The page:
Changing Rooms originally ran from 1996 to 2004 and is remembered for many things – Carol Smillie’s presenting, Laurence Llewelyn-Bowen’s flair… and some truly disastrous makeover decisions.
And the good news is the iconic show is back.
The format of the show will remain the same – people swap keys and make over each other’s rooms with the help of professionals – but the cast has changed.
Carol Smillie won’t be back – something Llewelyn-Bowen is happy about.
The only returning veteran is Laurence Llewelyn-Bowen, who will be joined this time by vegan creatives and founders of the design brand 2LG Studios Jordan Cluroe and Russell Whitehead, Tibby Singh replacing ‘Handy’ Andy Kane and Anna Richardson stepping into presenter duties.
As the show returns, let’s revisit some of the moments where the professionals didn’t quite get it right…
Changing Rooms disasters
From designs that the homeowners absolutely hated to cringe-worthy accidents, there truly were some of the most memorable mishaps and missteps in home makeover history.
Linda Barker’s teapot tragedy
There was no way this wouldn’t start off the list.
Changing Rooms designer Linda Barker took the lead on a house renovation and decided to construct a free-floating shelf to house a vast collection of antique teapots.
Antique teapots that the owner absolutely adored, by the by.
Free-floating shelves turned out to be – wait for it – a bad idea to support heavy, antique items. Who knew?
It turned out the shelves gave out under the weight of the teapots, bringing it all crashing down and leaving next to nothing unbroken.
The neighbours were distraught, even crying on camera, and Linda had to step in and take the wrap.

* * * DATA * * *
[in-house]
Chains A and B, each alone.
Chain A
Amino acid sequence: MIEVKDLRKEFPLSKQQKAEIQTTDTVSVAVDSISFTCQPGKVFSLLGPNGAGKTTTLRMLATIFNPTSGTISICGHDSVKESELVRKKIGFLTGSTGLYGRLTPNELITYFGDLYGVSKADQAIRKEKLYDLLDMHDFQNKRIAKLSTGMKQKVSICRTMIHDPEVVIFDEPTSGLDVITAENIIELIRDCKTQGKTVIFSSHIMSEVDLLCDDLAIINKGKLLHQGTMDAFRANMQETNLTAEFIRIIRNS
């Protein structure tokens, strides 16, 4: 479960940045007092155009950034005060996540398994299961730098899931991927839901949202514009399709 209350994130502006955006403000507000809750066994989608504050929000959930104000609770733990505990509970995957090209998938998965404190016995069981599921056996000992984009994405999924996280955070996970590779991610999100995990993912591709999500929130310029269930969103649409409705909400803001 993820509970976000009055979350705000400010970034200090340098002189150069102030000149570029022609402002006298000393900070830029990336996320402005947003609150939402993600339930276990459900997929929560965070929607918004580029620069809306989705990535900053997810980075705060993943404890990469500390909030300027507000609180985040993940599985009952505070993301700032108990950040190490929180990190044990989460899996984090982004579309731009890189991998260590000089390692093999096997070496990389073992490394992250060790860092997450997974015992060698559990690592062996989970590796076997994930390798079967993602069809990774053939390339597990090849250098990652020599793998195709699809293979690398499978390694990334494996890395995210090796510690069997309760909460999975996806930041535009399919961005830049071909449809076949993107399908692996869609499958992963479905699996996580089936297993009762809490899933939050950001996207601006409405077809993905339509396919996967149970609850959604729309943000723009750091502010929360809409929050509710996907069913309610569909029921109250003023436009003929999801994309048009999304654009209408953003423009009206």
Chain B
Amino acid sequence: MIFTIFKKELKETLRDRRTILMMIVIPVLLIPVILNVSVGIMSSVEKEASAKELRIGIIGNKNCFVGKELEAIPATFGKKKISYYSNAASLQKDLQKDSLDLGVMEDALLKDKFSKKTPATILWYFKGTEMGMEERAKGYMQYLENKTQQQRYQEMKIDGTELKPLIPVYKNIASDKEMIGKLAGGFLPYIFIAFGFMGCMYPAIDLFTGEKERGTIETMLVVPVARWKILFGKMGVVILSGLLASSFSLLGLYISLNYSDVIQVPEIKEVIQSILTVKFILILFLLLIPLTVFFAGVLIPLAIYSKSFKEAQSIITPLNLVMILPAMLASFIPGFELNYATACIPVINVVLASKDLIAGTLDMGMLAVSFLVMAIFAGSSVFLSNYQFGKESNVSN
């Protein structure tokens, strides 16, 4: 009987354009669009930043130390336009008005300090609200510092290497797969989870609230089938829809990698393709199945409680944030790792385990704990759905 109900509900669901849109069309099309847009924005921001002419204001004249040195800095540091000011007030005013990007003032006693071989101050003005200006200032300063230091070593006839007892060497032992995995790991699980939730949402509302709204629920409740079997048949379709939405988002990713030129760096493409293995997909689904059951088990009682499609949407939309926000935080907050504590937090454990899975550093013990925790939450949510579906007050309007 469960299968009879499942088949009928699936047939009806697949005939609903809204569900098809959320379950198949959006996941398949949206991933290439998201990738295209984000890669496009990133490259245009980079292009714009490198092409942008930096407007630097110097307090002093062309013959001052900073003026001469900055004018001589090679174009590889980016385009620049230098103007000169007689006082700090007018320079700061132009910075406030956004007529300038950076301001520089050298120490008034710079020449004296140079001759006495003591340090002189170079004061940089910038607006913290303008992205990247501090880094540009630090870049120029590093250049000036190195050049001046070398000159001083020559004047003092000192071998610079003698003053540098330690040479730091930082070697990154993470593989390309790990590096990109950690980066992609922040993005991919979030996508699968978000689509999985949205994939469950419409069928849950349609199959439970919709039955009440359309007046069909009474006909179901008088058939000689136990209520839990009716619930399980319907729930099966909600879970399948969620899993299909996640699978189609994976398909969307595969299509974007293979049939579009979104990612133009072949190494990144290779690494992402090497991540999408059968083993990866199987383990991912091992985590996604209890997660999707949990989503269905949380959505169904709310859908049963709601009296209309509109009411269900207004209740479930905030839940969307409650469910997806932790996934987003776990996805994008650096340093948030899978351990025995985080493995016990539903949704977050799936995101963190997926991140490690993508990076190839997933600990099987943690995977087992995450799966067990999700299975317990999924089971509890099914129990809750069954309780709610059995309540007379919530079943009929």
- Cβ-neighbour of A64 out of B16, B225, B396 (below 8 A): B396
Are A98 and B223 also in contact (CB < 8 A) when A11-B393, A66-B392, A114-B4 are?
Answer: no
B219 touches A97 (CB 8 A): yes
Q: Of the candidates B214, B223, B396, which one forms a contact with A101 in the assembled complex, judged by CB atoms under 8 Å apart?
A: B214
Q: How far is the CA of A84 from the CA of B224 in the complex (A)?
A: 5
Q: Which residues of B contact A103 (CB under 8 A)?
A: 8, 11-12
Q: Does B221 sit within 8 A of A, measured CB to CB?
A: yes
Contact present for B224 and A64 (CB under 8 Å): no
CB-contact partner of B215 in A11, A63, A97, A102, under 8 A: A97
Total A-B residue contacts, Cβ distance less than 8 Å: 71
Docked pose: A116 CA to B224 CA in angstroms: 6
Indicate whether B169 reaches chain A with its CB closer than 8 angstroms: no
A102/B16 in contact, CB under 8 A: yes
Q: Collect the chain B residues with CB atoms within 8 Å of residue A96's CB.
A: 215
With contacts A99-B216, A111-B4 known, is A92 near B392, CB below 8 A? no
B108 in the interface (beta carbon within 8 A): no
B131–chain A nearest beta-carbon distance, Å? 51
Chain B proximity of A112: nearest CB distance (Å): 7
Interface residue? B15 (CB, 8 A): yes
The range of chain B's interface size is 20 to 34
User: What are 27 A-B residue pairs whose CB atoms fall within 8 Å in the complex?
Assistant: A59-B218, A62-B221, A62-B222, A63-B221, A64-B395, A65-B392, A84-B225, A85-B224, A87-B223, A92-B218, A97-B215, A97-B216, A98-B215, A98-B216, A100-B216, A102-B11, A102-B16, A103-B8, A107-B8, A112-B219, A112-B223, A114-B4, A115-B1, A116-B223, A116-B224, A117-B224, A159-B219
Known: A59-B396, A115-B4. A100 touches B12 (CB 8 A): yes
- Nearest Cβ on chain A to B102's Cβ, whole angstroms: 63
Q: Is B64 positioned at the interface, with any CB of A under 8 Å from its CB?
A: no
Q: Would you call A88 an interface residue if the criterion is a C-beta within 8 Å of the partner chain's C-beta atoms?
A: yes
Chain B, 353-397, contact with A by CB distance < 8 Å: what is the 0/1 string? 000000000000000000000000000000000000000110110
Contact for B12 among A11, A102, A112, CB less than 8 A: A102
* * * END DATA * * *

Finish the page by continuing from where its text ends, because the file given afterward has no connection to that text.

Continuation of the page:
‘Barry Humphries’ Sanatorium’
In another episode, one set of neighbours decided to turn their friend’s house into an ode to Australia.
Upon seeing the room, she declares both ‘it’s Barry Humphries’ (that’s Dame Edna Everage) Sanatorium’ and ‘it’s Kylie Minogue on speed.’
Things got steadily worse as the homeowner compared the paint colour to what ‘comes out of a babies nappy’ and she pointed out that the one thing she hated about her original room hasn’t even been removed.
She wanted to get rid of her curtains and curtain rail, but, in the big Australian re-design, they somehow stayed.
The all-white living room
In another episode, a traditional living room with lovely wooden floors got dramatically turned into an all-white, futuristic-looking space.
The owner’s response?
‘I hate it. Get this mic off me.’
The ‘touch of art’ room
The designer on the episode described the end product of this room as ‘quite the statement.’
The room went from being quite a large, empty looking space with just the basics – bed, sofa, smatterings of stuff – to the sort of boudoir you might expect an Ancient Greek empress to own.
Statues made of MDF, candles and a four-poster bed was quite the renovation.
The owner couldn’t quite sum up their feelings, but their very simple ‘Good grief’ summed it up.
Changing Rooms has tested many a friendship, as one story in particular demonstrates.
Speaking to the Mirror in 2004, Sam White recounted how she fell out with her friend after taking part in the show.
The show had an effect on Sam’s relationship with her best friend Julia Parry, after she helped Changing Rooms turn her bedroom into a ‘tart’s boudoir.’
‘We didn’t speak for five months after the show went out. Now we’ll say hello if we bump into each other but I don’t think we’ll ever be really pally like we were before. I do miss her.’
Sam had told the Changing Rooms team: No bright pinks, no hearts and no fluff.
So, naturally, designer Anna Ryder Richardson painted her room pink and decorated it by displaying bras, suspender belts and frilly knickers in frames on the wall.
But the finishing touch of a red light in the window was the last straw.
Sam burst into tears when she saw their handiwork.
On the show, she said: ‘I really want to swear… I’ve got two little kids! How on earth can I fetch them in here with that on the wall? It’s just awful, absolutely awful.’
The six-part Changing Rooms reboot begins Wednesday, August 18 at 8pm on Channel 4.
Credit: Original article published here.